Tuesday, October 01, 2002


This early Poverty Row talkie would probably not even exist today if it weren't for Bette Davis's appearance in a supporting part. Pat O'Brien is a bootlegger who hires an orphan (Junior Durkin), newly arrived in the big city, to keep an eye on his office while he's out. On his very first day, Durkin is busted in a raid and O'Brien chooses not to help him. The rest of the movie is a fairly hundrum reform school expose--technically, I guess it's a reform school, but all they do is stack bricks and eat and sleep, so it's more like a juvenile prison. Actually, things don't seem all that bad there, but an asthmatic buddy of Durkin's (Frank Coghlan Jr.) dies in solitary, and that triggers the finale, where O'Brien has a change of heart and gets a newspaper reporter to help expose conditions at the school. The actors are OK, but the primitive filming style and the low budget hurt the film. The one effective scene takes place when O'Brien, as he drives away from his office after setting Durkin up in charge, watches in his rear view mirror as the cops raid his place. Clearly he feels bad about it, but he also doesn't have the guts to turn around and help the poor kid. Bette Davis, who appears in the beginning and end, is quite energetic and definitely stands out, even though she has llittle to work with. Even diehard Davis fans don't have to worry about missing this one.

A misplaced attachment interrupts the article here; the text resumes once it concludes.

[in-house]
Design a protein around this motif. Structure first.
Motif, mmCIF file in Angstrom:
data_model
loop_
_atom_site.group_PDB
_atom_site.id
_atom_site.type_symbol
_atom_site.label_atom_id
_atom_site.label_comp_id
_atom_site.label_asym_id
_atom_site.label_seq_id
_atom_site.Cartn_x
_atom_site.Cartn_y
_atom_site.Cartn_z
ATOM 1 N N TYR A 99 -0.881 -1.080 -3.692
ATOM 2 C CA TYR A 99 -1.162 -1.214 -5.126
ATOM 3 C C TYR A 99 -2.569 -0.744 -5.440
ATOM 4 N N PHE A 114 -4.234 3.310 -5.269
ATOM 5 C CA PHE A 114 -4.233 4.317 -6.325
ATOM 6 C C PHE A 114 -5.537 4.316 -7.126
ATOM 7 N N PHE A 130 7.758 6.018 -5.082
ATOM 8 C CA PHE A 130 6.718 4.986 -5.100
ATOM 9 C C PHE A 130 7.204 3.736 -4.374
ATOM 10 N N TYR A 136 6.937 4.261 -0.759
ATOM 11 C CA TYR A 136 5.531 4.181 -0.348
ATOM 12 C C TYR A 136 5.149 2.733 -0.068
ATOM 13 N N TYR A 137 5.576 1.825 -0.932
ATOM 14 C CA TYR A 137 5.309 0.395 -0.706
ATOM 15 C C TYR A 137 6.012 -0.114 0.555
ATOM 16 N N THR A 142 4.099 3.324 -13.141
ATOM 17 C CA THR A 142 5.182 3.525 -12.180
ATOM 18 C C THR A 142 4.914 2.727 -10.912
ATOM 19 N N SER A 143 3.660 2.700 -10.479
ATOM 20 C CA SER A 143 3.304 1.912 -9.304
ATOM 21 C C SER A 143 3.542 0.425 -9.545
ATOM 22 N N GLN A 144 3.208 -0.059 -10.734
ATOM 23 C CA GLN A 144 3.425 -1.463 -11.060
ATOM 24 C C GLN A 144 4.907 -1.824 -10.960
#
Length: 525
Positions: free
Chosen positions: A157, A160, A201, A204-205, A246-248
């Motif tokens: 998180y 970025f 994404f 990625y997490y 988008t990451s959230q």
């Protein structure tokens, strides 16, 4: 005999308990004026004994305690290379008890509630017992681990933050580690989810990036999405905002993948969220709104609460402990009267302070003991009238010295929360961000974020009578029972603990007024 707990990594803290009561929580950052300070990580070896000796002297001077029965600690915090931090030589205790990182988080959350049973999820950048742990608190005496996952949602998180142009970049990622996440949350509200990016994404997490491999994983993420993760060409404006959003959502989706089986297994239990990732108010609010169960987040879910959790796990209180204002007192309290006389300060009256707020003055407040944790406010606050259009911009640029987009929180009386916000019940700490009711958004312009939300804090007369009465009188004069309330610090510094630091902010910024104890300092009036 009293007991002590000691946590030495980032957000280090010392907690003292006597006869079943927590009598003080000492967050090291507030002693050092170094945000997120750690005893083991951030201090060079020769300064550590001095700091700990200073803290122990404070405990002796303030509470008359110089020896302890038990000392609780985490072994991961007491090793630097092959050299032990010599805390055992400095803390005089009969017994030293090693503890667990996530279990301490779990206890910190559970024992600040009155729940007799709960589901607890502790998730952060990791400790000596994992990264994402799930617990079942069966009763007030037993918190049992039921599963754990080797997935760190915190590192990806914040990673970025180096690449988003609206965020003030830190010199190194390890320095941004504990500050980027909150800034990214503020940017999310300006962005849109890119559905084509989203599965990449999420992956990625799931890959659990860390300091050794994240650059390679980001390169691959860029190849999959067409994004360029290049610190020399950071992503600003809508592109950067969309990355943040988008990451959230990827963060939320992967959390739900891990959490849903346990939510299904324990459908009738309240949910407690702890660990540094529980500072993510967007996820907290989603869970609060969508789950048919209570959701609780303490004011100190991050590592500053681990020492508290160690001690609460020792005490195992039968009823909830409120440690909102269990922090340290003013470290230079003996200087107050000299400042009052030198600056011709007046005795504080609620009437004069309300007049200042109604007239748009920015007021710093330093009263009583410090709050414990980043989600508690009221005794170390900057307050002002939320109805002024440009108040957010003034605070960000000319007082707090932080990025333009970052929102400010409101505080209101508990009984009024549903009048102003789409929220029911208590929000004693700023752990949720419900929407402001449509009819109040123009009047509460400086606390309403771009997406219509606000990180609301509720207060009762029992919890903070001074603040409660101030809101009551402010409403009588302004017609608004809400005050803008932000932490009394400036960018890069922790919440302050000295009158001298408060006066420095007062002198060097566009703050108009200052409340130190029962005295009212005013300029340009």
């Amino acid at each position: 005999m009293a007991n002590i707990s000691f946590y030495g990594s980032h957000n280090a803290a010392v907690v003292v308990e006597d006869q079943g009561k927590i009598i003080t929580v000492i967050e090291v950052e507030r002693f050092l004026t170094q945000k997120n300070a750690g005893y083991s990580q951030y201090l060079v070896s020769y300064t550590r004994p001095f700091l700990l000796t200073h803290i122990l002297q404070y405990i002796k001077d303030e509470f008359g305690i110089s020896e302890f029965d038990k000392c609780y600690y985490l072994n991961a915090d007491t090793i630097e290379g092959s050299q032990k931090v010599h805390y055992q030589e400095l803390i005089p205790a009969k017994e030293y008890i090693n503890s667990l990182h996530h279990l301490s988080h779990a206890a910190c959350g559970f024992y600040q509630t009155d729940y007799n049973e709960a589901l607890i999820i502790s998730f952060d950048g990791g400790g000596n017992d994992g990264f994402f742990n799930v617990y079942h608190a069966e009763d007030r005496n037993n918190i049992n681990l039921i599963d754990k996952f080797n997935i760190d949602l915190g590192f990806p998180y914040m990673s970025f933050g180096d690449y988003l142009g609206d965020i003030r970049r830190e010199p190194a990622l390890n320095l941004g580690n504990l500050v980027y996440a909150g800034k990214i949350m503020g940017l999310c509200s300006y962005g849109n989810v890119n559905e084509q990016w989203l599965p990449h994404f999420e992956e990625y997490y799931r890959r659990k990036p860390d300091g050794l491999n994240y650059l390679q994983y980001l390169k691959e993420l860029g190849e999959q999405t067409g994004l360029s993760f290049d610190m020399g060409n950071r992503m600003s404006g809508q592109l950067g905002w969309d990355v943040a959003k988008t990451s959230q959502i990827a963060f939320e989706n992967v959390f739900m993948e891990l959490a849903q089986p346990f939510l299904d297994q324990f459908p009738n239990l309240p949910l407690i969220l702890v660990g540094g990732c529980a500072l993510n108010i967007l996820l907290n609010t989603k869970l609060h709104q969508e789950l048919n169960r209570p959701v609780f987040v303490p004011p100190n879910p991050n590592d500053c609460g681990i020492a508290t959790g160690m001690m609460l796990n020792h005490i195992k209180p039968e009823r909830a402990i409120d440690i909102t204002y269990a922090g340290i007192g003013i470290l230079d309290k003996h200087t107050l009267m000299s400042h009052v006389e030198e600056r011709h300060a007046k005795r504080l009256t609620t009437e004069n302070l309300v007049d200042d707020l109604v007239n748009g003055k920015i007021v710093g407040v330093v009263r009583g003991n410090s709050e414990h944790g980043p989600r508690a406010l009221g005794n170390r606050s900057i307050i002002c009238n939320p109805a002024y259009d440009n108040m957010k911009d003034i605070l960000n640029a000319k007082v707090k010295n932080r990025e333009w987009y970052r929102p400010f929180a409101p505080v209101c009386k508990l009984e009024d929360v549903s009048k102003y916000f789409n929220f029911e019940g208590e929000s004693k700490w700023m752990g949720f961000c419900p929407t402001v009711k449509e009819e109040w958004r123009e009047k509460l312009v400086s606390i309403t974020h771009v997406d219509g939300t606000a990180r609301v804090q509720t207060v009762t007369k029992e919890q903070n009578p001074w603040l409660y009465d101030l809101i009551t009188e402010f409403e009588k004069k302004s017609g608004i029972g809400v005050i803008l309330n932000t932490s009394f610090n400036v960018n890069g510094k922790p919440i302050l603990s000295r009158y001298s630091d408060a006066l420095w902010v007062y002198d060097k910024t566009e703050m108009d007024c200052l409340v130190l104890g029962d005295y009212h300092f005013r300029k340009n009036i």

No comments: